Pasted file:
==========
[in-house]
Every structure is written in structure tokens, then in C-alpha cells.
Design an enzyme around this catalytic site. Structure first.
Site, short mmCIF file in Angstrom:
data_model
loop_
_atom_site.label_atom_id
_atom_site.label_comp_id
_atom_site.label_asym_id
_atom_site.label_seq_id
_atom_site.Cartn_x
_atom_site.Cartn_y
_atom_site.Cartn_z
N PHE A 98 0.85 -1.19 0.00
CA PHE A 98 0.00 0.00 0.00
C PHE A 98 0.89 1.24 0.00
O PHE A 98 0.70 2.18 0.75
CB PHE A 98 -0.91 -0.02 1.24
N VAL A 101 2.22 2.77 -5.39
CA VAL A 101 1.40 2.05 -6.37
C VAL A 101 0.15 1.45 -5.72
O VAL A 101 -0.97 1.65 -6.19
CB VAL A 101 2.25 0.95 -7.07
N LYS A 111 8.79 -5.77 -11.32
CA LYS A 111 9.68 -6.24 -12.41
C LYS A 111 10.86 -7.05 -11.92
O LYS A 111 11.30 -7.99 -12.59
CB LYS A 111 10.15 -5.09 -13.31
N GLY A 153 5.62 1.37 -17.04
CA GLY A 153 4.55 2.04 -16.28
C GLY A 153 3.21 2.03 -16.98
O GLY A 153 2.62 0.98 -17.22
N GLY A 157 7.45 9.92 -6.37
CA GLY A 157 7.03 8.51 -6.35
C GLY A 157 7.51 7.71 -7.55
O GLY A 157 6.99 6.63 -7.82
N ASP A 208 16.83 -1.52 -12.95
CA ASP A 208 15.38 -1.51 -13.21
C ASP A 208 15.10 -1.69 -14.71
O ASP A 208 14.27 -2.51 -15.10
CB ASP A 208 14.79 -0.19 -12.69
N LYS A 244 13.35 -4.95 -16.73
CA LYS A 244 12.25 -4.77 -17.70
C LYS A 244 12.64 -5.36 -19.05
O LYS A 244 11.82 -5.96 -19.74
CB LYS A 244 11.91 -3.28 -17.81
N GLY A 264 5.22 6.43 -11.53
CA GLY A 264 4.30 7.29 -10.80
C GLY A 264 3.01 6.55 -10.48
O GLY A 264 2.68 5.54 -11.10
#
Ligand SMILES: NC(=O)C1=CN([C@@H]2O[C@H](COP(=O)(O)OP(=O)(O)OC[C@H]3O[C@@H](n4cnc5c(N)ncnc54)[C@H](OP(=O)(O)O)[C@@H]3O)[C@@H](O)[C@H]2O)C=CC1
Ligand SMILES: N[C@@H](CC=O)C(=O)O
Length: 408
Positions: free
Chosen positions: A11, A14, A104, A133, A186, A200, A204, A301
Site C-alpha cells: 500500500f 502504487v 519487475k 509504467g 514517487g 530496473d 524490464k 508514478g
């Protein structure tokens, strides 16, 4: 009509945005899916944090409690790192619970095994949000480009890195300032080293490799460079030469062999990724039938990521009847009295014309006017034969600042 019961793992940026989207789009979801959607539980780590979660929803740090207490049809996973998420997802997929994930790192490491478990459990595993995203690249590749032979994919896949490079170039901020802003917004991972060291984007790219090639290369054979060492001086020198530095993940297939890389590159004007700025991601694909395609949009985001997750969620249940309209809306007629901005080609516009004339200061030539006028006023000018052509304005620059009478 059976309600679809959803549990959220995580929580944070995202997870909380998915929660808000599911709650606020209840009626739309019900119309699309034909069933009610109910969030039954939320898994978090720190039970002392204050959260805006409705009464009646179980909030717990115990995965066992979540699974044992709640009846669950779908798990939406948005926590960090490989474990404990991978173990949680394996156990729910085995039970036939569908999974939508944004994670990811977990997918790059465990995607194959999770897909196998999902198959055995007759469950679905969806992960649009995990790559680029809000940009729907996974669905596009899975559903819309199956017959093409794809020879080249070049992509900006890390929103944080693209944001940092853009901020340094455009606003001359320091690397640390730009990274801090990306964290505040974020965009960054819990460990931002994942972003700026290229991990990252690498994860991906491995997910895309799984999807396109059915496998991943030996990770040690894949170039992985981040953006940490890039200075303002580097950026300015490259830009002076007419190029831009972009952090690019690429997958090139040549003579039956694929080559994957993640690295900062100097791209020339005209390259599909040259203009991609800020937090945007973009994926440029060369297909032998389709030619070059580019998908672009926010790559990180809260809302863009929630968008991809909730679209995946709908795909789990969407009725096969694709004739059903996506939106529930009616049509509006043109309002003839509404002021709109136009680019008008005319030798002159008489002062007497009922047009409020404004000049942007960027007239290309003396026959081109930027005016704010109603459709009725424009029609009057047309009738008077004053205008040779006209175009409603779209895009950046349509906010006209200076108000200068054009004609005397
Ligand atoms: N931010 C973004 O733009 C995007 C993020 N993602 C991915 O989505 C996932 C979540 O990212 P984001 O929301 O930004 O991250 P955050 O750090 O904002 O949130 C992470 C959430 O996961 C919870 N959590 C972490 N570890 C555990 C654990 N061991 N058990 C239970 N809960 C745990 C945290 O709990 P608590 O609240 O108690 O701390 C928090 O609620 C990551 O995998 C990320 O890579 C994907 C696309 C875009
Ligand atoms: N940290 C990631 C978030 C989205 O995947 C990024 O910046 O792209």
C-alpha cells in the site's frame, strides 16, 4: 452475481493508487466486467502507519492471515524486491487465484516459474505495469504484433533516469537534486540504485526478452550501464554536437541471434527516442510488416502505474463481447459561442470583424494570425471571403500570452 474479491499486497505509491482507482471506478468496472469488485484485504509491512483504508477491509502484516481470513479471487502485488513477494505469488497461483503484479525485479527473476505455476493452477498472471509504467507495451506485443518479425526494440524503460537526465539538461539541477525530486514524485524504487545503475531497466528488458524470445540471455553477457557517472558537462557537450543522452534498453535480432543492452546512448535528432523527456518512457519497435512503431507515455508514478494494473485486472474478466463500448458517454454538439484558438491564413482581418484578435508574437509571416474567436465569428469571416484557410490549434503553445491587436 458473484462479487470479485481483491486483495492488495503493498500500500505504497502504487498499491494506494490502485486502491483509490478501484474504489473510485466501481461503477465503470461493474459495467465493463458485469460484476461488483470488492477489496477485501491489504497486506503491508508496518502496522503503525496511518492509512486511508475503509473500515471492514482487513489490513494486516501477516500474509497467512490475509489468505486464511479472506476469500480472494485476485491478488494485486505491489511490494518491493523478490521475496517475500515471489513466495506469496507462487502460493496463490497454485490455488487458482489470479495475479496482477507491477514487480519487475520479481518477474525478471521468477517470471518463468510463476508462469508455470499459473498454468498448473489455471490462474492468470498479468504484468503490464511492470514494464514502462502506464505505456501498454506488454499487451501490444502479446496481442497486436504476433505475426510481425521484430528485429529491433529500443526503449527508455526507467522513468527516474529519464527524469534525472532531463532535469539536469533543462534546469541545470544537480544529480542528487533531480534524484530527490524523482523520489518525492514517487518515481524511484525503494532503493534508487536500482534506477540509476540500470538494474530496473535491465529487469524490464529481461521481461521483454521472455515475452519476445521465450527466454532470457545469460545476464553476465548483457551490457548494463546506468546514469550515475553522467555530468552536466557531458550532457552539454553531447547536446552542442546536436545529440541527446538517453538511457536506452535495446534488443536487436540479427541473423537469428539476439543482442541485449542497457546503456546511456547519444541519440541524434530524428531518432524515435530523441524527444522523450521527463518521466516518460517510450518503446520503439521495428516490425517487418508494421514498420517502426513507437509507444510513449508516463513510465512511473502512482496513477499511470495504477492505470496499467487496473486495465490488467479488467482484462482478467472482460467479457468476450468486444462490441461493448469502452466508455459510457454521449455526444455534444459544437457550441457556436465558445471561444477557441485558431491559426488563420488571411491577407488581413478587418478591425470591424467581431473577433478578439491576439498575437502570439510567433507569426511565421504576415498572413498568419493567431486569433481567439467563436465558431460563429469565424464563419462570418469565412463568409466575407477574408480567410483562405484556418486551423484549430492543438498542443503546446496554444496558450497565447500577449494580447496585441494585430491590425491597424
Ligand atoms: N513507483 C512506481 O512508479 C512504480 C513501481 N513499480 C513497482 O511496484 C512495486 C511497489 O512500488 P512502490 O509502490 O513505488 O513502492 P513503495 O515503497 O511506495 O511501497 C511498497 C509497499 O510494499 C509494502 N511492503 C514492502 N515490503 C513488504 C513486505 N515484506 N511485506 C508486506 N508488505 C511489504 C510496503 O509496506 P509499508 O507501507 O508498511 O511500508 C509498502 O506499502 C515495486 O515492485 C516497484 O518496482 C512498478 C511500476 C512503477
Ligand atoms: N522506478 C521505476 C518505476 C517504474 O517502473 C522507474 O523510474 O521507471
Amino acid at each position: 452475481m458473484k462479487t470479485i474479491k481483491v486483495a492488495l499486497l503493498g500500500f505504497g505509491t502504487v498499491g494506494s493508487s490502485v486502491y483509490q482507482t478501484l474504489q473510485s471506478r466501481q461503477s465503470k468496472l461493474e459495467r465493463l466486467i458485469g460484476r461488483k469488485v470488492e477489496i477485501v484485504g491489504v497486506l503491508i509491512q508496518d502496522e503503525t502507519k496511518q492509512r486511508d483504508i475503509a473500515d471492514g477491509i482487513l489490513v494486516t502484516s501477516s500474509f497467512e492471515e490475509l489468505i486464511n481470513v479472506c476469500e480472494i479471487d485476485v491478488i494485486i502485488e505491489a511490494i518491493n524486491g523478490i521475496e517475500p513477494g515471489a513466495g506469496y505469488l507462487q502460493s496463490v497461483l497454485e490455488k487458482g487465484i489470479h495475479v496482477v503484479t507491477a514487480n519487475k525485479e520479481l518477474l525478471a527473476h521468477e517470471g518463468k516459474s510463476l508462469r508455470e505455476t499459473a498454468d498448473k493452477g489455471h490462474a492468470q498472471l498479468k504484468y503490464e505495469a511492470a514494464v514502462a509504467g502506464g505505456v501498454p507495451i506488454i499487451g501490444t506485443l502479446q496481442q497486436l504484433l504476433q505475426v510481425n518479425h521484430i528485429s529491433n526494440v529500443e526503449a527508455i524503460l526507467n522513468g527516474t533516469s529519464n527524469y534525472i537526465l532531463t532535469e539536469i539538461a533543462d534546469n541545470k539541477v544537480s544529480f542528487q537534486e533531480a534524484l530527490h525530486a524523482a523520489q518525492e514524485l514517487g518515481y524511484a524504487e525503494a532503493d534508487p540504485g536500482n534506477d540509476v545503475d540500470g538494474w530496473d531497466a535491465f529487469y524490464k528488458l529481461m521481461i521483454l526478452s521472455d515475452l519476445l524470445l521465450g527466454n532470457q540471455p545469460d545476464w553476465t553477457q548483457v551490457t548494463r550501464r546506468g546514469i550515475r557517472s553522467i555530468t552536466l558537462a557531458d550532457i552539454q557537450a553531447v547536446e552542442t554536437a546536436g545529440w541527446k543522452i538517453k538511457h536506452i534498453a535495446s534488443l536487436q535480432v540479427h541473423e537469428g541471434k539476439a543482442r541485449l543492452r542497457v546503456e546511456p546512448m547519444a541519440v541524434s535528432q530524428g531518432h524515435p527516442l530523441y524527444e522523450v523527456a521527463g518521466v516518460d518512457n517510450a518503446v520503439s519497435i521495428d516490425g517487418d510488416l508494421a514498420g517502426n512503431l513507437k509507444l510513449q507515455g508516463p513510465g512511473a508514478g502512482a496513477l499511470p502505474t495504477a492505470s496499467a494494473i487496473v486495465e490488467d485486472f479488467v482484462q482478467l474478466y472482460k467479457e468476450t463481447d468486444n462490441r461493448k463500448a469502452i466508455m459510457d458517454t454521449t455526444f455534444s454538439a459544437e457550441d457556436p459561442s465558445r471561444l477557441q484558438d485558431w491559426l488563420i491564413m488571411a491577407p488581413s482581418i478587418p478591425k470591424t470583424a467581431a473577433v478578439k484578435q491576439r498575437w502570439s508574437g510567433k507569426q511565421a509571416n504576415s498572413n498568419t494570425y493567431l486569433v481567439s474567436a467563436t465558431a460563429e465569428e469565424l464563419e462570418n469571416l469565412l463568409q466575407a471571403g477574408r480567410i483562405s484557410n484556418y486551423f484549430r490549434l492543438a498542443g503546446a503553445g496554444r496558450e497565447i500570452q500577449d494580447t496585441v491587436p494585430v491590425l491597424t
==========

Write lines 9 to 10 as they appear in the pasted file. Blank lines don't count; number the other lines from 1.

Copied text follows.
_atom_site.label_asym_id
_atom_site.label_seq_id